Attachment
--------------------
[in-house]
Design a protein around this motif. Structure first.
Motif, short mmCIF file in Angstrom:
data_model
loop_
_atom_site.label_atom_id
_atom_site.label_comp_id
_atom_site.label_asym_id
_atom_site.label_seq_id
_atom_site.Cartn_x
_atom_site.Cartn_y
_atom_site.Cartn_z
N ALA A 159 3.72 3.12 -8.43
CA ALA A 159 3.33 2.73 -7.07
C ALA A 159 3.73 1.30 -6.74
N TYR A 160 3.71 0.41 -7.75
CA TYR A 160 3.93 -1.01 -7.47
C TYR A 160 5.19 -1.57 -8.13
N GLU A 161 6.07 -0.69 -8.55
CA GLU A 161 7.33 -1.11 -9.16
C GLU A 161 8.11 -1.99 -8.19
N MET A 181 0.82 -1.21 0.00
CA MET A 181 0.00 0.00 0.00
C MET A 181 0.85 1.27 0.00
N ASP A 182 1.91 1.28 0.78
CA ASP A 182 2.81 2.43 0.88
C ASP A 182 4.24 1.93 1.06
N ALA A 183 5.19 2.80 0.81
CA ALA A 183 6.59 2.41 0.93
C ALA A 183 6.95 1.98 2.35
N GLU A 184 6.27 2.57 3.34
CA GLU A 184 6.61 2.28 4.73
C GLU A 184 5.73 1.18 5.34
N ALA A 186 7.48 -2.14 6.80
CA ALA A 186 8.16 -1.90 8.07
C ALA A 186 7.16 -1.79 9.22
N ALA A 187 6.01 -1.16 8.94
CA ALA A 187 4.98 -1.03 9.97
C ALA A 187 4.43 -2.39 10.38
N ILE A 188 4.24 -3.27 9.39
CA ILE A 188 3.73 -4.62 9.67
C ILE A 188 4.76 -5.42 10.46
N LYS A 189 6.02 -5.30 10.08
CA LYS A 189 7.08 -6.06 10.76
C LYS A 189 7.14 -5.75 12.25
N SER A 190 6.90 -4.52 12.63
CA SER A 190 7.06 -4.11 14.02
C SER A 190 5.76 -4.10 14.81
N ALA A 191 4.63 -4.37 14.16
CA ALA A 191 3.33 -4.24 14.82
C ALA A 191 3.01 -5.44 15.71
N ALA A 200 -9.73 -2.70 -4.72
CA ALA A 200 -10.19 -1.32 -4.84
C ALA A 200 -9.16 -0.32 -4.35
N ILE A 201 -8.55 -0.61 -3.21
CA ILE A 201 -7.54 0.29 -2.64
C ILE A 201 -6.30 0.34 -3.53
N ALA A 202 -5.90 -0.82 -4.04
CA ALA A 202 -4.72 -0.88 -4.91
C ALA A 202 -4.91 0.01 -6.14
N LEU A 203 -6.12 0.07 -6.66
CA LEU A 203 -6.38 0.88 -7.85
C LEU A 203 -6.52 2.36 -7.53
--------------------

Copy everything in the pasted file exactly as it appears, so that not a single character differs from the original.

[in-house]
Design a protein around this motif. Structure first.
Motif, short mmCIF file in Angstrom:
data_model
loop_
_atom_site.label_atom_id
_atom_site.label_comp_id
_atom_site.label_asym_id
_atom_site.label_seq_id
_atom_site.Cartn_x
_atom_site.Cartn_y
_atom_site.Cartn_z
N ALA A 159 3.72 3.12 -8.43
CA ALA A 159 3.33 2.73 -7.07
C ALA A 159 3.73 1.30 -6.74
N TYR A 160 3.71 0.41 -7.75
CA TYR A 160 3.93 -1.01 -7.47
C TYR A 160 5.19 -1.57 -8.13
N GLU A 161 6.07 -0.69 -8.55
CA GLU A 161 7.33 -1.11 -9.16
C GLU A 161 8.11 -1.99 -8.19
N MET A 181 0.82 -1.21 0.00
CA MET A 181 0.00 0.00 0.00
C MET A 181 0.85 1.27 0.00
N ASP A 182 1.91 1.28 0.78
CA ASP A 182 2.81 2.43 0.88
C ASP A 182 4.24 1.93 1.06
N ALA A 183 5.19 2.80 0.81
CA ALA A 183 6.59 2.41 0.93
C ALA A 183 6.95 1.98 2.35
N GLU A 184 6.27 2.57 3.34
CA GLU A 184 6.61 2.28 4.73
C GLU A 184 5.73 1.18 5.34
N ALA A 186 7.48 -2.14 6.80
CA ALA A 186 8.16 -1.90 8.07
C ALA A 186 7.16 -1.79 9.22
N ALA A 187 6.01 -1.16 8.94
CA ALA A 187 4.98 -1.03 9.97
C ALA A 187 4.43 -2.39 10.38
N ILE A 188 4.24 -3.27 9.39
CA ILE A 188 3.73 -4.62 9.67
C ILE A 188 4.76 -5.42 10.46
N LYS A 189 6.02 -5.30 10.08
CA LYS A 189 7.08 -6.06 10.76
C LYS A 189 7.14 -5.75 12.25
N SER A 190 6.90 -4.52 12.63
CA SER A 190 7.06 -4.11 14.02
C SER A 190 5.76 -4.10 14.81
N ALA A 191 4.63 -4.37 14.16
CA ALA A 191 3.33 -4.24 14.82
C ALA A 191 3.01 -5.44 15.71
N ALA A 200 -9.73 -2.70 -4.72
CA ALA A 200 -10.19 -1.32 -4.84
C ALA A 200 -9.16 -0.32 -4.35
N ILE A 201 -8.55 -0.61 -3.21
CA ILE A 201 -7.54 0.29 -2.64
C ILE A 201 -6.30 0.34 -3.53
N ALA A 202 -5.90 -0.82 -4.04
CA ALA A 202 -4.72 -0.88 -4.91
C ALA A 202 -4.91 0.01 -6.14
N LEU A 203 -6.12 0.07 -6.66
CA LEU A 203 -6.38 0.88 -7.85
C LEU A 203 -6.52 2.36 -7.53